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Firefox bug 702161

January 16, 2012

Mid way through last week David Humphrey sent out an email explaining that he spoke with Chris Pearce about some possible bugs for us to work.  The list consisted of various bugs, varying in difficulty.  Dave encouraged us to pick up any bugs that interested us so thats exactly what I did.  I picked up the following bugs:

  • 702161 – videocontrols.xml has anonymous function event listeners that are added but never removed
  • 708814 - Should fade out videocontrols even if there’s no mouse movement
  • 680321 – Media preload state should reset in resource selection algorithm

These are all in addition to the bug that I was assigned last week ( 688370 ). I chose these bugs for a variety of reasons.  702161 seemed like a good bug to get my foot wet with and get the feel for submitting a patch and going through the review process.  The other two interested me on different levels.  708814 looked like a cool media bug to fix and I can identify with it on a personal level.  I don’t know how many times I’ve been watching videos online and have my mouse over the video just to notice that the controls don’t disappear.  Not annoying the first time it happens but after a while it irks you.  680321 seemed to touch some of the preload code which interests me because in the past we have had issues with preload ( especially in Chrome ).  I figured this would be a  good way to take a look at whats going on and if any bugs in the future come up around the code I would already have some exposure to it.

Last night I built Firefox from source for the first time in about a year.  I feared that it would not be an easy process as my experience with this kind of stuff typically always takes a turn for the worse.  I was surprised that this wasn’t the case, in fact, the whole process was quite stress free.  I began by following a guide I found online by simply Googling “Building FireFox from source”.  After installing various dependencies I was set to begin the build.  Something to note is that I was doing this build from a git repo of Mozilla-Central that is updated daily ( I believe ).  From what I gather installing is about the same as it would be with mercurial just managing the repo would be a bit different.  Something to note is that there is a flag in your .mozconfig file that you can set to specify the number of cores you will use for the build ( for those of you with numerous cores ).  The build took about 20 minutes in total and then I was ready to open up my nightly build of FireFox, and it was a success!

The next step was to start on a bug.  The logical choice as I mentioned earlier was bug 702161.  The problem that was outlined in the bug was that various anonymous functions were created but were never destroyed when the terminate function was called.  This is bad because each time terminate was called it would mean various listeners were never removed properly.  So what I needed to do was pretty straight forward.  I needed to store a reference somewhere to each of these anonymous functions so that upon removal later we could access that reference in order to remove the listener.  I was even fortunate enough that within the bug itself Jared told me exactly where to find the file.  Perfect.  I then went to take a look at the file, which was quite a bit bigger than I thought it was going to be ( ~2000 lines ).  After reading over the file a bit and taking a hint from the filename, it was obvious that this file was responsible for all of the code surrounding the video controls.  The first thing I wanted to do was simple, make a change that I could see.  All I did for this was add in a console.log.  I then created a test html file that I could test off of.  I added the console.log to the mouseover of the volume button, so it would be pretty obvious when it was working and when it wasn’t.  After I made my change I had to rebuild FireFox in order to see my fancy new changes.  I found a small article online that outlined how I could only rebuild the portions that I touched, which would in turn drastically reduce the amount of time it was taking to build, in fact it took it down to about 30 seconds.  Behold my changes:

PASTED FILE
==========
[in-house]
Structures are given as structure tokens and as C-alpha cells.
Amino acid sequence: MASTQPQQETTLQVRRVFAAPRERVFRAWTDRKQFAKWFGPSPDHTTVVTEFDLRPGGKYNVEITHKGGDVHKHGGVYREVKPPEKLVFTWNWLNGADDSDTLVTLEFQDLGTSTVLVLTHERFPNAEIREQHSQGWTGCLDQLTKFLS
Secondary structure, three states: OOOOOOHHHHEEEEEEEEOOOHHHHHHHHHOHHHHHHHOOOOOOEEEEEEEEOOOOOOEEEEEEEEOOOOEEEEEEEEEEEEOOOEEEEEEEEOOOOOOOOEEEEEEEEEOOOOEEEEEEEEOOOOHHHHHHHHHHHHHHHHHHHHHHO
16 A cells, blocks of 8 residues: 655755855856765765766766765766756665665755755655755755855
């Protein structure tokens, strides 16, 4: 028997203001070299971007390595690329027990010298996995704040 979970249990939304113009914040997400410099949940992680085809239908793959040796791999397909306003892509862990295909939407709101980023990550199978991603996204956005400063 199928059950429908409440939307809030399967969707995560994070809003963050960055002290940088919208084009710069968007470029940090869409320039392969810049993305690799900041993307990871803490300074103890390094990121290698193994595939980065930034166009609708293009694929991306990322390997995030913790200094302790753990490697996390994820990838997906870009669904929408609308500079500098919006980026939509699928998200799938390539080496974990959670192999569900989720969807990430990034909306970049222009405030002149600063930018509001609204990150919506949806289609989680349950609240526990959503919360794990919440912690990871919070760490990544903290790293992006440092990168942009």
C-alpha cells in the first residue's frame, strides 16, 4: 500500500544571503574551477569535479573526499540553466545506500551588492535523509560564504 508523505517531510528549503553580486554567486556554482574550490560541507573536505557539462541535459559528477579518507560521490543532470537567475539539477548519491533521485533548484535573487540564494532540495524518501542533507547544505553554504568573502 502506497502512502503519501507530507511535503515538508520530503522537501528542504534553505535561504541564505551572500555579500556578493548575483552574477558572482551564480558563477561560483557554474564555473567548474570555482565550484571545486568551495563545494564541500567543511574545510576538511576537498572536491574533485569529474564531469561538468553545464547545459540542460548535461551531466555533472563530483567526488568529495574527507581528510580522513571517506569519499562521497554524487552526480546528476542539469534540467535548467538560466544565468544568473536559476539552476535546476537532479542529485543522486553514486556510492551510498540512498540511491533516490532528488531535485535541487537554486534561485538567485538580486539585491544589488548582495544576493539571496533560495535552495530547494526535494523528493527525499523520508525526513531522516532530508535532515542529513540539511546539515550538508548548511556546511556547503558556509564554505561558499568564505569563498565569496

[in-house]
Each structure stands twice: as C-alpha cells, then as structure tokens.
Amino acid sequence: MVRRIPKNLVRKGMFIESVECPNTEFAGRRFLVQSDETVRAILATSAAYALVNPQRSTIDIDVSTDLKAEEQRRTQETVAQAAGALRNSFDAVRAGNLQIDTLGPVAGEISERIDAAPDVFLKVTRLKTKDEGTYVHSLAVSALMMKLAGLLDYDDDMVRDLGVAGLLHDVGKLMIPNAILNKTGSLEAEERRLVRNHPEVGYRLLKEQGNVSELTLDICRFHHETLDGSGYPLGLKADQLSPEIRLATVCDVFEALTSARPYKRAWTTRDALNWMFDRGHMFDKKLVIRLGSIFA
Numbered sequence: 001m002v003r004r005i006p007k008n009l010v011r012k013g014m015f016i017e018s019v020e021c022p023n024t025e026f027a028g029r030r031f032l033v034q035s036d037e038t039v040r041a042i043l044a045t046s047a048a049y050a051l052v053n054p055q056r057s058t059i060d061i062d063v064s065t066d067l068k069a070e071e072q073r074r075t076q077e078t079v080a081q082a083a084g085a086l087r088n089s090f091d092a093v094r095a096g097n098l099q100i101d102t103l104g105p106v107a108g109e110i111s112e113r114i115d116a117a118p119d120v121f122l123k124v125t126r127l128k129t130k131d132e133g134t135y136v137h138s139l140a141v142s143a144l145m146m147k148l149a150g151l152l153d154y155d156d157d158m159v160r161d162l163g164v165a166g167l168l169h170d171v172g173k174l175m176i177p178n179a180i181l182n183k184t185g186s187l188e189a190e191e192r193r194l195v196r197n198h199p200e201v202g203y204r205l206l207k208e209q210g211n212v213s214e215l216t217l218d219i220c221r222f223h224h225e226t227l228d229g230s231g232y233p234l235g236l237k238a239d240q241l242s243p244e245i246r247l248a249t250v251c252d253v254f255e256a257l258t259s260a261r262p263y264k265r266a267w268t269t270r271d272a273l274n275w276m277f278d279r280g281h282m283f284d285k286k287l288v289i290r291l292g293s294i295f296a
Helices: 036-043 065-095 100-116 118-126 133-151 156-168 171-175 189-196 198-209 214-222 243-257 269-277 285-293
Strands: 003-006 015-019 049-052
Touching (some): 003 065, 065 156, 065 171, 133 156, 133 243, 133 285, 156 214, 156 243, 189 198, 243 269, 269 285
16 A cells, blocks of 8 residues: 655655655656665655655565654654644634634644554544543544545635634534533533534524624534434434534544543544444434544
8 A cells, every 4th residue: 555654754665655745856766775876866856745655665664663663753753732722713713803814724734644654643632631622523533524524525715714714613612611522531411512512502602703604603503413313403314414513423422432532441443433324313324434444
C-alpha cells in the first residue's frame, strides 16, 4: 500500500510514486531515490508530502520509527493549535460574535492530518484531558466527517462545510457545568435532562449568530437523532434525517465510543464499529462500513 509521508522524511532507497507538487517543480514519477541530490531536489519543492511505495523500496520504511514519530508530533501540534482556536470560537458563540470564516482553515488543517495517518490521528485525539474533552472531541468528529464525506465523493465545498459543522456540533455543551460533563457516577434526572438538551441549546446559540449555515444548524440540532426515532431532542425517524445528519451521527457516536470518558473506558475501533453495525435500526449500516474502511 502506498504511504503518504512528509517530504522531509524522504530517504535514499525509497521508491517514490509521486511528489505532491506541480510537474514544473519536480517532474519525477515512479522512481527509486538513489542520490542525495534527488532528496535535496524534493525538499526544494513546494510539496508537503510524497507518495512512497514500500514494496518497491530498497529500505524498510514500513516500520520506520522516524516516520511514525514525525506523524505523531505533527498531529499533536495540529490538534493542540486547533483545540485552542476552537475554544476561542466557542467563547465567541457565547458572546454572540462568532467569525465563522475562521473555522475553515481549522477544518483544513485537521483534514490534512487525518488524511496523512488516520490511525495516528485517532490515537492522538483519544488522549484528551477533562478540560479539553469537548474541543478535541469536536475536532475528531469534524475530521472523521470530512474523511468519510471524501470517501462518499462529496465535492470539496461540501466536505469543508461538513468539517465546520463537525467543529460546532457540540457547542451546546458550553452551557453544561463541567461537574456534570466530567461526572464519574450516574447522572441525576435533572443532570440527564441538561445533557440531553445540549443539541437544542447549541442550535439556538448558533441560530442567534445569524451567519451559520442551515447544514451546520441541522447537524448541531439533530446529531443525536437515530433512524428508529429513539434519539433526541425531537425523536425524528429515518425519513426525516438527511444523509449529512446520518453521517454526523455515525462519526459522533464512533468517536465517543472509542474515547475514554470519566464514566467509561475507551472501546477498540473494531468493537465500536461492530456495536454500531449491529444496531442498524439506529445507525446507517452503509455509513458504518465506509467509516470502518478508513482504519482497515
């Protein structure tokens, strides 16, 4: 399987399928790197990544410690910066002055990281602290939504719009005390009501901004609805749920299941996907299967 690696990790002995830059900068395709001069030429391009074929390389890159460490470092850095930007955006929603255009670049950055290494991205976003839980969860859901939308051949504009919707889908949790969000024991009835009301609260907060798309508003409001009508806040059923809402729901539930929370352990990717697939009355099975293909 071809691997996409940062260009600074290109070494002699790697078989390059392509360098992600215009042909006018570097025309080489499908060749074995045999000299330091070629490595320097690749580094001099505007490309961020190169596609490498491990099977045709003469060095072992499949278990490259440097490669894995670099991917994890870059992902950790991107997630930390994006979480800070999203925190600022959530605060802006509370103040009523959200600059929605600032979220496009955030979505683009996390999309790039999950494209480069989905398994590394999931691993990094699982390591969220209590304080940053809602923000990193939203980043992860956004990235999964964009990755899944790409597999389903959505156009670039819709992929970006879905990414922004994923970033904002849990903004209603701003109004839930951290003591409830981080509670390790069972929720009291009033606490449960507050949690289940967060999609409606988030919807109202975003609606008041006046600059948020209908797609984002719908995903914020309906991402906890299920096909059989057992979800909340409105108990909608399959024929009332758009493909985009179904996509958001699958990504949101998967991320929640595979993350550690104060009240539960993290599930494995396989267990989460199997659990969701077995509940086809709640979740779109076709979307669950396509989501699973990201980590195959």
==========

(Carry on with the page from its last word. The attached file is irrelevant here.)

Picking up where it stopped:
I then proceeded to actually do what the bug set out to do, cache the function and remove it on terminate.  I’ve done this before in JavaScript a few time’s so it wasn’t too bad to get working.  I initially just created a variable and stored the function in it that I could later reference.  Far from elegant but it worked!  Tonight I am going to be focusing on a nice elegant fix and hopefully ( fingers crossed ) get a patch submitted before I head to bed.

I’m itching to get this bug done so I can go and start on the controls not disappearing one, I’m pretty stoked to get going on it.  So stay tuned, there are plenty of blog post’s to come :)

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